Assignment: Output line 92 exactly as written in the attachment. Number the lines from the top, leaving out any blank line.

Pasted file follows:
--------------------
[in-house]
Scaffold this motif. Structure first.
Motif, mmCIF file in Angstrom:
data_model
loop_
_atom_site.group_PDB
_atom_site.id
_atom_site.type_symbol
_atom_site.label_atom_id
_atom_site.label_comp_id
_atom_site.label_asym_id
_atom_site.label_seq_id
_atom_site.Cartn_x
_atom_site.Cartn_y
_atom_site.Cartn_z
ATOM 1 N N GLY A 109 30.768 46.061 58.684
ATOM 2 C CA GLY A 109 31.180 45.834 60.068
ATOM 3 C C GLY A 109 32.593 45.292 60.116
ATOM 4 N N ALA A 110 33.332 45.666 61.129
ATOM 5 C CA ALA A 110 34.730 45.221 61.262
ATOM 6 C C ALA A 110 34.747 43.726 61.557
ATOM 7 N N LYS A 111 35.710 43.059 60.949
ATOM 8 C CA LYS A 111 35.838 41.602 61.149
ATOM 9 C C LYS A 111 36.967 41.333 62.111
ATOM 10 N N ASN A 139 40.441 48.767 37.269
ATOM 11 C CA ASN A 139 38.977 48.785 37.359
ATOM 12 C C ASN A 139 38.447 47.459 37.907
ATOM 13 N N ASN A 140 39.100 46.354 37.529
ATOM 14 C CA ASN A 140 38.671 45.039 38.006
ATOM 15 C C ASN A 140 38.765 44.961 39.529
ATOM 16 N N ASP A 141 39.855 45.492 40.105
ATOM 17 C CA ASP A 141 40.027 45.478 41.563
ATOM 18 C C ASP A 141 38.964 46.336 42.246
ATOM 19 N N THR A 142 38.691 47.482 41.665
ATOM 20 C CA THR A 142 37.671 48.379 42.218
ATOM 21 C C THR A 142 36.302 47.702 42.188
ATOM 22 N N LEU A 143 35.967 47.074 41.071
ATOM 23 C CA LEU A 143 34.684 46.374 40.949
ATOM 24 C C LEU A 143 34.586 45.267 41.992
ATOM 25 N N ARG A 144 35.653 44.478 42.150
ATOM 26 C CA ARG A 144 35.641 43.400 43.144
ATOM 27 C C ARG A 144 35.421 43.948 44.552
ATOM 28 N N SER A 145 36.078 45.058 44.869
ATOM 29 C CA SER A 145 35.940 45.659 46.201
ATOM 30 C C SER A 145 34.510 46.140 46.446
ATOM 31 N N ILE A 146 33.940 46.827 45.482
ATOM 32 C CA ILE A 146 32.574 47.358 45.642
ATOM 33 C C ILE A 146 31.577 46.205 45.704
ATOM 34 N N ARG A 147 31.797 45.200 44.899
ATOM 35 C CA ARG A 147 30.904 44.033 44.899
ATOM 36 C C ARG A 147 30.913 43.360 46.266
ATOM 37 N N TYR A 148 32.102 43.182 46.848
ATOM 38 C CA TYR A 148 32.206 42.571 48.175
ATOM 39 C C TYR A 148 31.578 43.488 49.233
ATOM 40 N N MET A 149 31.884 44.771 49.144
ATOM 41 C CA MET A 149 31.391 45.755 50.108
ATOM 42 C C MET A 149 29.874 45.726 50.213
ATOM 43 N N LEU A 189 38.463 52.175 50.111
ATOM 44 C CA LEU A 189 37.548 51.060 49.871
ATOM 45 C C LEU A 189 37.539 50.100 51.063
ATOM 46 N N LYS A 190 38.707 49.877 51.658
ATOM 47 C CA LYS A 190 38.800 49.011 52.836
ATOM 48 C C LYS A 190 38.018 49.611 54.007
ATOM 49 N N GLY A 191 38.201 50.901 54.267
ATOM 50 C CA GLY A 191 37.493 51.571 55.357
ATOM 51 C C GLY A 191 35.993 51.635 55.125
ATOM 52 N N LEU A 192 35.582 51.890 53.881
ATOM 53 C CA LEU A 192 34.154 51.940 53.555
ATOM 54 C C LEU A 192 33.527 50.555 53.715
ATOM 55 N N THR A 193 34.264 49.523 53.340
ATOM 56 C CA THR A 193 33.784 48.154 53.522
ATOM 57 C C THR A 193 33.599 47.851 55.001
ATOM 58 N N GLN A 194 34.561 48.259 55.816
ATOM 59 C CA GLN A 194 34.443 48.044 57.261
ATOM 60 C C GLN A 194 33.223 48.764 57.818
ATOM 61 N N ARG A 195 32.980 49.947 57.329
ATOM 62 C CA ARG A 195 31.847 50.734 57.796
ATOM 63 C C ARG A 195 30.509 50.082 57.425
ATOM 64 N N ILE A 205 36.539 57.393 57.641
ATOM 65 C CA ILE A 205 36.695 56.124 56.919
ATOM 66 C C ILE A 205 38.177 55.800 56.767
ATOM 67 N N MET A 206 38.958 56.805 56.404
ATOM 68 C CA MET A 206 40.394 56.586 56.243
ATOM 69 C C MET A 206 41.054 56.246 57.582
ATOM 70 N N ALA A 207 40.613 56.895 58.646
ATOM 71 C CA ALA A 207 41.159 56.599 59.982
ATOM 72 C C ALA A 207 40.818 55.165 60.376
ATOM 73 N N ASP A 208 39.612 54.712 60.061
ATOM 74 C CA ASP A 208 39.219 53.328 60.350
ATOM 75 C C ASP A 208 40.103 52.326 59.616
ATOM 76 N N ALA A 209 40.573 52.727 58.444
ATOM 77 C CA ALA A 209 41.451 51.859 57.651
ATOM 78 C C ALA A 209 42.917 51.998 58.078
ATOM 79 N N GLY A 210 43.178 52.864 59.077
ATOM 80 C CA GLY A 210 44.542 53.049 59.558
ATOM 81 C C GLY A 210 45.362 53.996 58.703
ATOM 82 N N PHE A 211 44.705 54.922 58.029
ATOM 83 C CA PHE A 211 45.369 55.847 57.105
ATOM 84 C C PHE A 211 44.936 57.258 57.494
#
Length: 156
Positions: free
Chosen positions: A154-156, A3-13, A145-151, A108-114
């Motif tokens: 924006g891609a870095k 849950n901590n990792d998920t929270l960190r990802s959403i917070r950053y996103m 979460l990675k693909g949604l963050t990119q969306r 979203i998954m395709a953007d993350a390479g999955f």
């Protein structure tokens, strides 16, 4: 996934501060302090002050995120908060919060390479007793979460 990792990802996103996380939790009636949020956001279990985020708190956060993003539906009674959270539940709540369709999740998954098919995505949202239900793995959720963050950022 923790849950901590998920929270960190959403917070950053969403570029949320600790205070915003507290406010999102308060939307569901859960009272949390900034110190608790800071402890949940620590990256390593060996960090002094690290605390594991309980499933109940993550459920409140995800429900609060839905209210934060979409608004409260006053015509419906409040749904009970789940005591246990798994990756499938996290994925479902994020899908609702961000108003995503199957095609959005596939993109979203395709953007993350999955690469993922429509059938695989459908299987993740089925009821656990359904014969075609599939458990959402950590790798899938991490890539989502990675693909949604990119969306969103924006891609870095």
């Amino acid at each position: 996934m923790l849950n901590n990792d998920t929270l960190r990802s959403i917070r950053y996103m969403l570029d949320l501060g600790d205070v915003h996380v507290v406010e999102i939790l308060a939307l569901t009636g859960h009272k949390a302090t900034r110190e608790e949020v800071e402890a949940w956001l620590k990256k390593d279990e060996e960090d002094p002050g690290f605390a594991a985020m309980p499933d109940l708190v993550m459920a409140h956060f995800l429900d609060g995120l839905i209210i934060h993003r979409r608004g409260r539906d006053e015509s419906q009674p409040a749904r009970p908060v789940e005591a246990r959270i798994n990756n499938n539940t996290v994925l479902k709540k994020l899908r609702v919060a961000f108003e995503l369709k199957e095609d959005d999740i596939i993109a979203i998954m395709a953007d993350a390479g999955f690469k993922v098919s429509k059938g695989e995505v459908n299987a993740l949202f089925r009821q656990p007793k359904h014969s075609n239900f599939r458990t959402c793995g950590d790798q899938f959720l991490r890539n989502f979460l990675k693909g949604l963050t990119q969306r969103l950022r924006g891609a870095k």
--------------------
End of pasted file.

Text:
ATOM 77 C CA ALA A 209 41.451 51.859 57.651